First Grade Jitters: The StoryThe story opens with a little boy, Aidan, standing in the yard scowling. He complains that his mother thinks he has "first grade jitters." Yes, he admits (and the illustrations show) that he hasn't felt like eating and he did have a major meltdown when trying on school shoes at the shoe store. Finally, he reveals that he has been wondering about first grade - "just a little." What if he doesn't know enough? Will his teacher expect Aidan to be able to read and write and do some arithmetic? What if he doesn't understand what the teacher is saying?
Aidan scares himself so much that He says, "I think I'll go to bed. And stay there." When his mother asks what's wrong, Aidan says his leg hurts and he doesn't think it will be better in time for the start of school. It doesn't help that his best three friends have been away for the summer so he has no one his age to talk to about first grade.
A phone call from one of his friends gets Aidan out of bed. Finally, they're back! It takes a discussion with his three friends to reassure him. By the end of First Grade Jitters, Aidan says, "I am feeling better inside," and he is able to relax and enjoy playing with his friends.
The Illustrations and Design of First Grade JittersI particularly like the illustrations by Yan Nascimbene, the design of the book and the typography by Jeanne L. Hogile. The crisp artwork, with an interesting muted palette of colors outlined in black, contrasts with the boy's narrative, which is in sturdy black typography, with his strongest feelings and responses in bright red, emphasizing both his worries and his relief when reassured. First Grade Jitters was first published in 1982, with illustrations by the author, Robert Quackerbush. This newly illustrated edition was published in 2010.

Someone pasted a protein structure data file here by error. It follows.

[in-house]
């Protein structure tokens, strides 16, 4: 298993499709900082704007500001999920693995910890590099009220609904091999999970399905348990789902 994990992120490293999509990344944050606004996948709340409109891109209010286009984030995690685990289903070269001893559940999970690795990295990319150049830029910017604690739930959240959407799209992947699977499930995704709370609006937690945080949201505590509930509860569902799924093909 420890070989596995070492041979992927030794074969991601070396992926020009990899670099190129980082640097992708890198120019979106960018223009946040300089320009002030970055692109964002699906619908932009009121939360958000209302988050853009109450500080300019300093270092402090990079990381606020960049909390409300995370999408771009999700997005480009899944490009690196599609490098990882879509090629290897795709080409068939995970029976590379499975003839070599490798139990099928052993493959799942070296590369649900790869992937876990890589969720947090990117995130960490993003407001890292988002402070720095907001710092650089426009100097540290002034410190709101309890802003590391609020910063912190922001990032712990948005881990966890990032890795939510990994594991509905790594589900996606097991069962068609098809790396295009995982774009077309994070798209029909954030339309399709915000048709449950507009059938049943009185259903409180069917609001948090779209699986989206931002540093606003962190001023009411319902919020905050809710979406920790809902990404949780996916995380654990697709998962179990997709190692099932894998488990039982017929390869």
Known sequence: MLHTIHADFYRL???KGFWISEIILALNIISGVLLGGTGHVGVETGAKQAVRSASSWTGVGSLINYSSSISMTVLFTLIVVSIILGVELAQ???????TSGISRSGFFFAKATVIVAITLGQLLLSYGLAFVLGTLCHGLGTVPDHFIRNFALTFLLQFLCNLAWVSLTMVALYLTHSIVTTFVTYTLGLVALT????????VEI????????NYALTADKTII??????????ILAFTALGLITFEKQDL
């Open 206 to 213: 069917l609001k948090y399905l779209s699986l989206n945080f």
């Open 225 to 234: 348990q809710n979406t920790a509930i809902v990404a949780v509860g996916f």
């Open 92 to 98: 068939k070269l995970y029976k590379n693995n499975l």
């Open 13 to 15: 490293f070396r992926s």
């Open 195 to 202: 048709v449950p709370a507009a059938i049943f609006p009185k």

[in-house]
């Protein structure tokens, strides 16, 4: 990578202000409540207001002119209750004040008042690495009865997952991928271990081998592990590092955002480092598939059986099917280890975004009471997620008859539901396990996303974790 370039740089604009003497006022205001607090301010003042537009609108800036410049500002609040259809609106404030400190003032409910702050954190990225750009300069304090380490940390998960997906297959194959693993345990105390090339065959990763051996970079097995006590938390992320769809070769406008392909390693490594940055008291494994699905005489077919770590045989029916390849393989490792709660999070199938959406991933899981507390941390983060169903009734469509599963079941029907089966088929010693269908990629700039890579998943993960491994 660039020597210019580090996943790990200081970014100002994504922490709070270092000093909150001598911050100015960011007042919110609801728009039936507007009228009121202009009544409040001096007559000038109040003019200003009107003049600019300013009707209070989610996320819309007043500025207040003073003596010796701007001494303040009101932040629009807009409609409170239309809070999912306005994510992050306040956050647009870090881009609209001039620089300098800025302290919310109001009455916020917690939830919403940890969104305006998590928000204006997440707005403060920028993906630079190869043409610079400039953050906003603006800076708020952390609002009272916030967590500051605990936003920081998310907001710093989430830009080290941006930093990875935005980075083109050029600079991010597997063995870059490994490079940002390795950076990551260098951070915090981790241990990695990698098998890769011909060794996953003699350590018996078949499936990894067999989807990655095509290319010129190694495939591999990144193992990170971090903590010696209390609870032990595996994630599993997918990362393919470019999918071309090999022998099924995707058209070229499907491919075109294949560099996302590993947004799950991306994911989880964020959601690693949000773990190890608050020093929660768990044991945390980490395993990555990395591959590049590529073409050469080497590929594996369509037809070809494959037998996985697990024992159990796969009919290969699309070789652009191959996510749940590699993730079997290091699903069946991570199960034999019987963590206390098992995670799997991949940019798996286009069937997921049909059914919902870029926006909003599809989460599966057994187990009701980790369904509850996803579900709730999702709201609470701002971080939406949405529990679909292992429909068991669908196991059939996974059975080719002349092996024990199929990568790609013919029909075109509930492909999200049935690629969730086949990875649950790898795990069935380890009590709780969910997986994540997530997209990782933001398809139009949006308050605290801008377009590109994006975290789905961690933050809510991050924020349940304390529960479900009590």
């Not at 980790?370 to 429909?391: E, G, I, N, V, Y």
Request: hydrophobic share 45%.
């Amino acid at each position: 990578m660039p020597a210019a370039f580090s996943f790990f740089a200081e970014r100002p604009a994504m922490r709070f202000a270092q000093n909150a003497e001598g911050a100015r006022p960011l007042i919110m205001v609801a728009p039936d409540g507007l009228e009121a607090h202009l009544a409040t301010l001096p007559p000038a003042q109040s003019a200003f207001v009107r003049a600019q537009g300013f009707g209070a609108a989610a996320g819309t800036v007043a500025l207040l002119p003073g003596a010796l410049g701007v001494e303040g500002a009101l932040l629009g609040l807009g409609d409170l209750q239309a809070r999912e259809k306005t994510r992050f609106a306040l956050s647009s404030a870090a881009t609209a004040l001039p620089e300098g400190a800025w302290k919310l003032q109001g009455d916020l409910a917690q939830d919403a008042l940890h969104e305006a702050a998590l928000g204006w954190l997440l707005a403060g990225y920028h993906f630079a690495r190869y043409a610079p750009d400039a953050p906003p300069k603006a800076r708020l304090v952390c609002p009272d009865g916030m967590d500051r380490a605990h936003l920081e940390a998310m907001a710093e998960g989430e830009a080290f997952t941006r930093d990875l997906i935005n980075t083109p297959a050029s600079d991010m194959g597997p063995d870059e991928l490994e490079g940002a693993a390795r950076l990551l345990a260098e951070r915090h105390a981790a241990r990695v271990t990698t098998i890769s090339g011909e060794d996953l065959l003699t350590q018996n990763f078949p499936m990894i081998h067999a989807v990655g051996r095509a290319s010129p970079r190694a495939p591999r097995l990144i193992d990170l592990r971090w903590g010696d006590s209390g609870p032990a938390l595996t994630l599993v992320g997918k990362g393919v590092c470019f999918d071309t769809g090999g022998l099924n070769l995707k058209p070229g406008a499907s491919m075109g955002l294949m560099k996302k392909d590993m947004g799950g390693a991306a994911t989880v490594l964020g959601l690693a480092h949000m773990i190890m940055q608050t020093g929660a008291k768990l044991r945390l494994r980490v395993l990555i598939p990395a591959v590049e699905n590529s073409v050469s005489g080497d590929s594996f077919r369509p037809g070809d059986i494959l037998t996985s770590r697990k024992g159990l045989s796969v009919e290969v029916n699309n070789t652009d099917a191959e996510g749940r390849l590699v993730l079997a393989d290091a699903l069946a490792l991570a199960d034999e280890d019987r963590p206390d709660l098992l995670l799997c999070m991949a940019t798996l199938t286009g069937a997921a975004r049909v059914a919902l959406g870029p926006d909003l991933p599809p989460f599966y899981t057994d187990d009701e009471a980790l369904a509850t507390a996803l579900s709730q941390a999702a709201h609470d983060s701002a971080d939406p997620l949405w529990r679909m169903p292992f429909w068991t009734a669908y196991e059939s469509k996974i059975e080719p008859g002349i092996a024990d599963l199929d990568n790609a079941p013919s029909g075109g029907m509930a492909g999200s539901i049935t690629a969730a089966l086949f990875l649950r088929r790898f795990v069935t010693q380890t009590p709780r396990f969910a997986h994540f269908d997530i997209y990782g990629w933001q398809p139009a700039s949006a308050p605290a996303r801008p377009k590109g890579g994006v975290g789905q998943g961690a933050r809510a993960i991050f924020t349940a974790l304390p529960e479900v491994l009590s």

The Author: Robert QuackenbushRobert Quackenbush is a graduate of the Art Center College of Design in Los Angeles. In addition, he earned a master's degree in social studies and a doctorate in childhood education. Quackenbush has written and illustrated close to 200 children's books. Some of his popular characters include Henry the Duck, Miss Mallard and Detective Mole. (Sources: HarperCollins, Robert Quackenbush)
The Illustrator: Yan NascimbeneAlthough Yan Nascimbene grew up in France and Italy, he received his formal art education at the School of Visual Arts in New York and at the University of California at Davis. Nascimbene has not only illustrated more than 50 books, he has also illustrated more than 300 book covers. According to HarperCollins, "His work has been widely exhibited in the United States, France, Japan, England, Switzerland, and Italy. Yan is the recipient of many awards, including one gold and two silver medals from the Society of Illustrators in New York."
(Sources: HarperCollins, Yan Nascimbene Illustration)